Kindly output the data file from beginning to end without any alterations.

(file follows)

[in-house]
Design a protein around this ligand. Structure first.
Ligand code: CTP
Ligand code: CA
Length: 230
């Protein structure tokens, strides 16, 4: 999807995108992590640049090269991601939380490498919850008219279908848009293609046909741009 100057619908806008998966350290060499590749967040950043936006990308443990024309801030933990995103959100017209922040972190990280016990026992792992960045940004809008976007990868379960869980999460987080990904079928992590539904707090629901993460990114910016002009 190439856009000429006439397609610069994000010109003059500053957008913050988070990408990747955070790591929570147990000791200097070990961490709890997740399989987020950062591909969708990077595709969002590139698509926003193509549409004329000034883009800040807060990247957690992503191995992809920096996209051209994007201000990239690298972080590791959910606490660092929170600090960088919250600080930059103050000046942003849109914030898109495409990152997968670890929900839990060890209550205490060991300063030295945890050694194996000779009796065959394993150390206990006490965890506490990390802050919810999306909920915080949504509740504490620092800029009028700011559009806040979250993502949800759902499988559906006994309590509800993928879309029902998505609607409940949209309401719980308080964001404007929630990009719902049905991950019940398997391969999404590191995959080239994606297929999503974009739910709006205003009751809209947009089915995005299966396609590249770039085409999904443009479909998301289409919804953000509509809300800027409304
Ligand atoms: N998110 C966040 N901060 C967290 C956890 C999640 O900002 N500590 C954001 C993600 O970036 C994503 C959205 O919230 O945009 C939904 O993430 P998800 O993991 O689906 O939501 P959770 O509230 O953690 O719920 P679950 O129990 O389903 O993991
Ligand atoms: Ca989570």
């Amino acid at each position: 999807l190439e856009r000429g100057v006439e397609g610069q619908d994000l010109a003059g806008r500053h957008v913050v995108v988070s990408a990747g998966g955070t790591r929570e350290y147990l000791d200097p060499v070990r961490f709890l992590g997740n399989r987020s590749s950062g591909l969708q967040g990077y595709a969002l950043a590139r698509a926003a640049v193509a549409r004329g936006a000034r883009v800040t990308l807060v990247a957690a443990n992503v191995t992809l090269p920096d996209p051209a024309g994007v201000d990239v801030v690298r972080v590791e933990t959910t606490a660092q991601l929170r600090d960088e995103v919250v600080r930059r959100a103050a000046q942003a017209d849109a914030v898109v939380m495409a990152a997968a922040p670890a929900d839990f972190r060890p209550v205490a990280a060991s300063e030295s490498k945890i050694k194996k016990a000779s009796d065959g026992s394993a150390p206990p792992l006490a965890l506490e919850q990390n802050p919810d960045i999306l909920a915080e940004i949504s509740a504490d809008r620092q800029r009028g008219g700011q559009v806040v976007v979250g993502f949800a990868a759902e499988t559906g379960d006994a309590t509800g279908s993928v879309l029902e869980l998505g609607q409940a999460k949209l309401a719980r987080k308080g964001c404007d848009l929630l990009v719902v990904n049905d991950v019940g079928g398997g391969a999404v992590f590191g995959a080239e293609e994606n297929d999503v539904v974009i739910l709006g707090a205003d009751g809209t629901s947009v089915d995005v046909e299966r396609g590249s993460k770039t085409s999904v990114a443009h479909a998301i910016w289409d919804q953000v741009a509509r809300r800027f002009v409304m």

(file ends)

[in-house]
Design a protein around this ligand. Structure first.
Ligand code: CTP
Ligand code: CA
Length: 230
């Protein structure tokens, strides 16, 4: 999807995108992590640049090269991601939380490498919850008219279908848009293609046909741009 100057619908806008998966350290060499590749967040950043936006990308443990024309801030933990995103959100017209922040972190990280016990026992792992960045940004809008976007990868379960869980999460987080990904079928992590539904707090629901993460990114910016002009 190439856009000429006439397609610069994000010109003059500053957008913050988070990408990747955070790591929570147990000791200097070990961490709890997740399989987020950062591909969708990077595709969002590139698509926003193509549409004329000034883009800040807060990247957690992503191995992809920096996209051209994007201000990239690298972080590791959910606490660092929170600090960088919250600080930059103050000046942003849109914030898109495409990152997968670890929900839990060890209550205490060991300063030295945890050694194996000779009796065959394993150390206990006490965890506490990390802050919810999306909920915080949504509740504490620092800029009028700011559009806040979250993502949800759902499988559906006994309590509800993928879309029902998505609607409940949209309401719980308080964001404007929630990009719902049905991950019940398997391969999404590191995959080239994606297929999503974009739910709006205003009751809209947009089915995005299966396609590249770039085409999904443009479909998301289409919804953000509509809300800027409304
Ligand atoms: N998110 C966040 N901060 C967290 C956890 C999640 O900002 N500590 C954001 C993600 O970036 C994503 C959205 O919230 O945009 C939904 O993430 P998800 O993991 O689906 O939501 P959770 O509230 O953690 O719920 P679950 O129990 O389903 O993991
Ligand atoms: Ca989570």
């Amino acid at each position: 999807l190439e856009r000429g100057v006439e397609g610069q619908d994000l010109a003059g806008r500053h957008v913050v995108v988070s990408a990747g998966g955070t790591r929570e350290y147990l000791d200097p060499v070990r961490f709890l992590g997740n399989r987020s590749s950062g591909l969708q967040g990077y595709a969002l950043a590139r698509a926003a640049v193509a549409r004329g936006a000034r883009v800040t990308l807060v990247a957690a443990n992503v191995t992809l090269p920096d996209p051209a024309g994007v201000d990239v801030v690298r972080v590791e933990t959910t606490a660092q991601l929170r600090d960088e995103v919250v600080r930059r959100a103050a000046q942003a017209d849109a914030v898109v939380m495409a990152a997968a922040p670890a929900d839990f972190r060890p209550v205490a990280a060991s300063e030295s490498k945890i050694k194996k016990a000779s009796d065959g026992s394993a150390p206990p792992l006490a965890l506490e919850q990390n802050p919810d960045i999306l909920a915080e940004i949504s509740a504490d809008r620092q800029r009028g008219g700011q559009v806040v976007v979250g993502f949800a990868a759902e499988t559906g379960d006994a309590t509800g279908s993928v879309l029902e869980l998505g609607q409940a999460k949209l309401a719980r987080k308080g964001c404007d848009l929630l990009v719902v990904n049905d991950v019940g079928g398997g391969a999404v992590f590191g995959a080239e293609e994606n297929d999503v539904v974009i739910l709006g707090a205003d009751g809209t629901s947009v089915d995005v046909e299966r396609g590249s993460k770039t085409s999904v990114a443009h479909a998301i910016w289409d919804q953000v741009a509509r809300r800027f002009v409304m």